For Immediate Release


Michael Mariotte/Tim Judson
301-270-6477; 301-325-8014

Why Are Top Entergy Executives Selling Their Own Stock?

WASHINGTON - Tuesday, GreenWorldbroke the story of a recent pattern of stock sales by top executives at Entergy, the nation’s second-largest operator of nuclear power stations. The CEO, CFO, Chief Accounting Officer, and Senior VPs for Government Affairs and Human Resources have all sold large amounts of their stock in Entergy, with CEO Leo Denault unloading over 55% of his shares in December and CAO Alyson Mount selling 46% of hers on April 9.

CFO Andrew Marsh and SVP for Government Affairs Kimberly Despeaux each sold over 20% of their Entergy stock in February. The insiders’ apparent lack of confidence in the corporation’s prospects contradicts a rosy 1st Quarter earnings report, also released yesterday, reporting higher than expected returns following an unexpectedly cold winter with unusual energy price spikes.

Over the last year, several investment firms have reported on major problems confronting Entergy’s nuclear power business, due to a long-term decline in energy prices that puts nuclear generators at a competitive disadvantage. Several reactors could close due to their poor economics over the next few years, including a majority of Entergy’s nuclear fleet. This winter’s price spikes do not necessarily change the long-term outlook for the nuclear industry, as utility and energy market regulators respond to mitigate those problems. The stock sales from Entergy executives indicate insiders may have even less confidence than industry analysts in the company’s prospects. And since Entergy’s nuclear business is the most significant known problem for the corporation, the executives’ moves raise questions about whether investors should expect larger problems or major announcements this year.

The article, written by Tim Judson, Acting Executive Director of Nuclear Information and Resource Service, is available here.

"This is typical of the kind of reporting and analysis GreenWorld was designed to provide," said Michael Mariotte, editor of GreenWorld and President of NIRS. "The mission of GreenWorld is to chronicle the transition--now in its beginning stages--to a nuclear-free, carbon-free energy system, and to provide news, analysis and occasional random musings on issues affecting nuclear power and clean energy worldwide."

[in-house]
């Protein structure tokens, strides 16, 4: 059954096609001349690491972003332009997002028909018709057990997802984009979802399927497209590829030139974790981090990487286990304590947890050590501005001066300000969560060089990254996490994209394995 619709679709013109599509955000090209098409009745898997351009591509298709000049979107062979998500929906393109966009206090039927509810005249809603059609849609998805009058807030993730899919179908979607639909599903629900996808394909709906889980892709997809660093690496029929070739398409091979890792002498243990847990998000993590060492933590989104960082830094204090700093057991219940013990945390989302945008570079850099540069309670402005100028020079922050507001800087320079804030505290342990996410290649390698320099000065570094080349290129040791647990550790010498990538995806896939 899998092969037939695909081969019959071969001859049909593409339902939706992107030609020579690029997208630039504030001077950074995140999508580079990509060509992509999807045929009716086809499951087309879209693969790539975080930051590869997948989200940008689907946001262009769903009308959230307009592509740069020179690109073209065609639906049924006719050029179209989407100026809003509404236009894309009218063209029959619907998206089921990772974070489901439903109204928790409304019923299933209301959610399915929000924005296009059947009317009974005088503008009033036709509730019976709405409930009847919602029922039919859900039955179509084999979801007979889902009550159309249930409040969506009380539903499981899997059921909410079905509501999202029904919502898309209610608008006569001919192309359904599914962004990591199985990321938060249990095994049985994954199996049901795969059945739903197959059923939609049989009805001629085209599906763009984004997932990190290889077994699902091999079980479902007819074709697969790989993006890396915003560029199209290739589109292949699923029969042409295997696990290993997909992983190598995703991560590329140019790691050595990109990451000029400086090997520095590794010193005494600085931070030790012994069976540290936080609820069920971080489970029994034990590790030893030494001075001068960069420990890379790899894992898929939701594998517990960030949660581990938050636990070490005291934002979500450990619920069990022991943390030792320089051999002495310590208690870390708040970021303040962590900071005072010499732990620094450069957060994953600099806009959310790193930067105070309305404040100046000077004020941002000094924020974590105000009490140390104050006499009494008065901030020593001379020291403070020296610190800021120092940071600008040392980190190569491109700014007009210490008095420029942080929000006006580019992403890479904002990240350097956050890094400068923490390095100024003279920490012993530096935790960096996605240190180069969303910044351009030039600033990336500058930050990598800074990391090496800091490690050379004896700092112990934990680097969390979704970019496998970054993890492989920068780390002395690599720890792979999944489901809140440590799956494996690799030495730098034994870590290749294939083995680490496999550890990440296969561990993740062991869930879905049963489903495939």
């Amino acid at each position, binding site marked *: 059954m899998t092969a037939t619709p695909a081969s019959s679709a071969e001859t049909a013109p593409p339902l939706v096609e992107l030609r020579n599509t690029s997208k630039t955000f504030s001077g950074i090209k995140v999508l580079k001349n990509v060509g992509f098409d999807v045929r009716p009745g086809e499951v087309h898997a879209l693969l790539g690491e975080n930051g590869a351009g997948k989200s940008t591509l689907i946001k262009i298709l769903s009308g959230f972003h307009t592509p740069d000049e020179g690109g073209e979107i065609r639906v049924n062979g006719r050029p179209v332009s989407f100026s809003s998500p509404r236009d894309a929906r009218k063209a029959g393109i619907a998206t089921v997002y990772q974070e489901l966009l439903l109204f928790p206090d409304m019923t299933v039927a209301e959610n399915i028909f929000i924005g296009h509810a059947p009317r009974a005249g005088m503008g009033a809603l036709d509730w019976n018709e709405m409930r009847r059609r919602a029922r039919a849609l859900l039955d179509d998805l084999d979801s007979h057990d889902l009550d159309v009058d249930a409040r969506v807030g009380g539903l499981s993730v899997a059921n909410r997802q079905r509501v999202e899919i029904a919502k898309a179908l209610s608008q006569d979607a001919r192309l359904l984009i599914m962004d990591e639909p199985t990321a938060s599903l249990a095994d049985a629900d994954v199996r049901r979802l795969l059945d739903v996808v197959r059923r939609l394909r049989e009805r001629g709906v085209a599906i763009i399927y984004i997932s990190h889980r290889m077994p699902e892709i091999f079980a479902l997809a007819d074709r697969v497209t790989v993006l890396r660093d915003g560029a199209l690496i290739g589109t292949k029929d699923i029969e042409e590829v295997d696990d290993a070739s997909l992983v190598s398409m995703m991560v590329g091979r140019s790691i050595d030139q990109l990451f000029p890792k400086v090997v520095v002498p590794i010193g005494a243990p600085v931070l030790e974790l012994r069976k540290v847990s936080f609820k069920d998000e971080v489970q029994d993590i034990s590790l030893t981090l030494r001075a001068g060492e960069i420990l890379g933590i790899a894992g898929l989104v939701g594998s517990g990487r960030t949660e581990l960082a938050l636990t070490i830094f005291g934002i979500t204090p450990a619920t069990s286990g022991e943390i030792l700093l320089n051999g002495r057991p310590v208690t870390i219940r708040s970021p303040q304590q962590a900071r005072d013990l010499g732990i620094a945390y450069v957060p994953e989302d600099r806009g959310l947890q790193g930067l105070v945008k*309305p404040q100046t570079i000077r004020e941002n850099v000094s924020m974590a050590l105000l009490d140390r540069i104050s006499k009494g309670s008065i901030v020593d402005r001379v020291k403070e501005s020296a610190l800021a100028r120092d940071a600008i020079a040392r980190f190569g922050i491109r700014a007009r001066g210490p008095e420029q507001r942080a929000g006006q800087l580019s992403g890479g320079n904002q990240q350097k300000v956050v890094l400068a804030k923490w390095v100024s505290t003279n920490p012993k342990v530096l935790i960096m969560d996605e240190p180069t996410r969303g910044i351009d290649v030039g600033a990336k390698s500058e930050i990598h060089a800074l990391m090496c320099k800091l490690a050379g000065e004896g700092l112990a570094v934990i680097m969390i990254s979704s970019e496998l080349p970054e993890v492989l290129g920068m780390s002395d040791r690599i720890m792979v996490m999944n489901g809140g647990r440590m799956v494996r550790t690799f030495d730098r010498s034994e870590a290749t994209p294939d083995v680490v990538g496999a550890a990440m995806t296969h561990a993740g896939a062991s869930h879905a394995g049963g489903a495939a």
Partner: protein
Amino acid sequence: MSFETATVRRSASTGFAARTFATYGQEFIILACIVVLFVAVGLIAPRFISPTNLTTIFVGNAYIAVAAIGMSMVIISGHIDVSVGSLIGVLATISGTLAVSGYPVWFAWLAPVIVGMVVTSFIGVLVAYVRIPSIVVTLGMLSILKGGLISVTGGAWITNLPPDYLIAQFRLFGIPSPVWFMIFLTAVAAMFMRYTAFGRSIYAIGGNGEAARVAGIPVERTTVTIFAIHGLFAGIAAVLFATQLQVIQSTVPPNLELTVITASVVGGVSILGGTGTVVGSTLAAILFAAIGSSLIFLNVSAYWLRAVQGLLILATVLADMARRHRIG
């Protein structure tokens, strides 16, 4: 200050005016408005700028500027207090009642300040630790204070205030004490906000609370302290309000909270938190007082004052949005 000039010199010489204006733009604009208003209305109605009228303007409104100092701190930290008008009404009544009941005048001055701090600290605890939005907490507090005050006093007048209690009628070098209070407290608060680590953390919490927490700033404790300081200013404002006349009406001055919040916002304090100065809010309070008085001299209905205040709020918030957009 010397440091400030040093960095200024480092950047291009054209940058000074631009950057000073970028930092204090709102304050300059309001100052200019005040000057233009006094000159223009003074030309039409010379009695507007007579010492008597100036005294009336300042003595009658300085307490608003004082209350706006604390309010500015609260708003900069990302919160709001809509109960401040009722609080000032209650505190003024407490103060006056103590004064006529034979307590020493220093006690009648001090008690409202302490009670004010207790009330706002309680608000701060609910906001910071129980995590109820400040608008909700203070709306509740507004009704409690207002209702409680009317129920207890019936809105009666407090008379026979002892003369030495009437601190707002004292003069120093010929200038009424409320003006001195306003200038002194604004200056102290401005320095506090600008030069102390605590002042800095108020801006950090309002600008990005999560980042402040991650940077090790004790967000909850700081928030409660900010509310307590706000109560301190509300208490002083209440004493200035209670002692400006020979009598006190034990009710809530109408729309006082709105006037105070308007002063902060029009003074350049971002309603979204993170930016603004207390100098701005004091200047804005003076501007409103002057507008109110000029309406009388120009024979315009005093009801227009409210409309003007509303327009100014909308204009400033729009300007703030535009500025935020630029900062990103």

GreenWorldhas been providing regular coverage and analysis of the effects on the nuclear power industry of the startling, but still infant, transformation of the U.S. electricity sector, including prospects for "grid defection," the "utility death spiral" and the stunning decline in solar rooftop costs:

Goldman Sachs sees a solar future for the U.S.–and that has nuclear utilities running scared. (GreenWorld's most-read post to date).

You know the nuclear industry is desperate when...


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Why we’re writing so much about the changing nature of the electricity business–everybody else is. Oh, and because it’s important.

Whine, whine: the nuclear industry thinks it's under siege.

With its extensive network of international contacts, GreenWorld covers the world too, and was the first U.S. publication to report on Russia's seizure of a research nuclear reactor in Crimea--which the International Atomic Energy Agency says belongs to Ukraine:

GreenWorldhas been following the Russia/Ukraine crisis closely, with an emphasis on its effects on nuclear power and civil society, for example with these posts:

Russia cracks down on civil society.

Nuclear industry’s wishful thinking knows no bounds: No, Ukraine crisis is not going to boost nukes in Europe.

We're also covering the debate on nuclear power's role in addressing the climate crisis; for example here: The ongoing debate on nuclear power and climate change.


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